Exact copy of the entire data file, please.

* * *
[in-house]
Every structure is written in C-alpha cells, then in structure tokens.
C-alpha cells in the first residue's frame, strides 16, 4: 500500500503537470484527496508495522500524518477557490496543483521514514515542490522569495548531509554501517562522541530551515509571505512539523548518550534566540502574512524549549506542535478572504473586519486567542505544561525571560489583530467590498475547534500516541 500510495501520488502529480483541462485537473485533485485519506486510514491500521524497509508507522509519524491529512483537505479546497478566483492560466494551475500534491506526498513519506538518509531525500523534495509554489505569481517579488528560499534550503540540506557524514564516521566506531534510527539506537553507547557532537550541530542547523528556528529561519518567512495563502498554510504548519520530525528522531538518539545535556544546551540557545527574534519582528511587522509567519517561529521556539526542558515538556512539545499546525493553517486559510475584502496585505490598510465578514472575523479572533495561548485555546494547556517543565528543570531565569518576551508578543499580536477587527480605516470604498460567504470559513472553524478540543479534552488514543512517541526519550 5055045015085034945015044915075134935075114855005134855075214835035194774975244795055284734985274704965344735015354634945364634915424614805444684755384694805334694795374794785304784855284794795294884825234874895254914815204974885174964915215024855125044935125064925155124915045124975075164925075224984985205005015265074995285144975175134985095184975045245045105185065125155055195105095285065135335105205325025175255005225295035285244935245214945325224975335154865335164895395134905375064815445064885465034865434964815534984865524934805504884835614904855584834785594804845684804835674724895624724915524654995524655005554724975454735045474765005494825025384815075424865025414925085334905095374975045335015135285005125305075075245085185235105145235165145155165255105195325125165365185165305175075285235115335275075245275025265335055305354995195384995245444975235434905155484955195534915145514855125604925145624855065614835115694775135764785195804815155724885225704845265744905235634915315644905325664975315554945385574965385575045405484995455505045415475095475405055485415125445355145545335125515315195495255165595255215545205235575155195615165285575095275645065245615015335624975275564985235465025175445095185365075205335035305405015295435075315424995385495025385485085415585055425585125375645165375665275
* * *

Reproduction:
[in-house]
Every structure is written in C-alpha cells, then in structure tokens.
C-alpha cells in the first residue's frame, strides 16, 4: 500500500503537470484527496508495522500524518477557490496543483521514514515542490522569495548531509554501517562522541530551515509571505512539523548518550534566540502574512524549549506542535478572504473586519486567542505544561525571560489583530467590498475547534500516541 500510495501520488502529480483541462485537473485533485485519506486510514491500521524497509508507522509519524491529512483537505479546497478566483492560466494551475500534491506526498513519506538518509531525500523534495509554489505569481517579488528560499534550503540540506557524514564516521566506531534510527539506537553507547557532537550541530542547523528556528529561519518567512495563502498554510504548519520530525528522531538518539545535556544546551540557545527574534519582528511587522509567519517561529521556539526542558515538556512539545499546525493553517486559510475584502496585505490598510465578514472575523479572533495561548485555546494547556517543565528543570531565569518576551508578543499580536477587527480605516470604498460567504470559513472553524478540543479534552488514543512517541526519550 5055045015085034945015044915075134935075114855005134855075214835035194774975244795055284734985274704965344735015354634945364634915424614805444684755384694805334694795374794785304784855284794795294884825234874895254914815204974885174964915215024855125044935125064925155124915045124975075164925075224984985205005015265074995285144975175134985095184975045245045105185065125155055195105095285065135335105205325025175255005225295035285244935245214945325224975335154865335164895395134905375064815445064885465034865434964815534984865524934805504884835614904855584834785594804845684804835674724895624724915524654995524655005554724975454735045474765005494825025384815075424865025414925085334905095374975045335015135285005125305075075245085185235105145235165145155165255105195325125165365185165305175075285235115335275075245275025265335055305354995195384995245444975235434905155484955195534915145514855125604925145624855065614835115694775135764785195804815155724885225704845265744905235634915315644905325664975315554945385574965385575045405484995455505045415475095475405055485415125445355145545335125515315195495255165595255215545205235575155195615165285575095275645065245615015335624975275564985235465025175445095185365075205335035305405015295435075315424995385495025385485085415585055425585125375645165375665275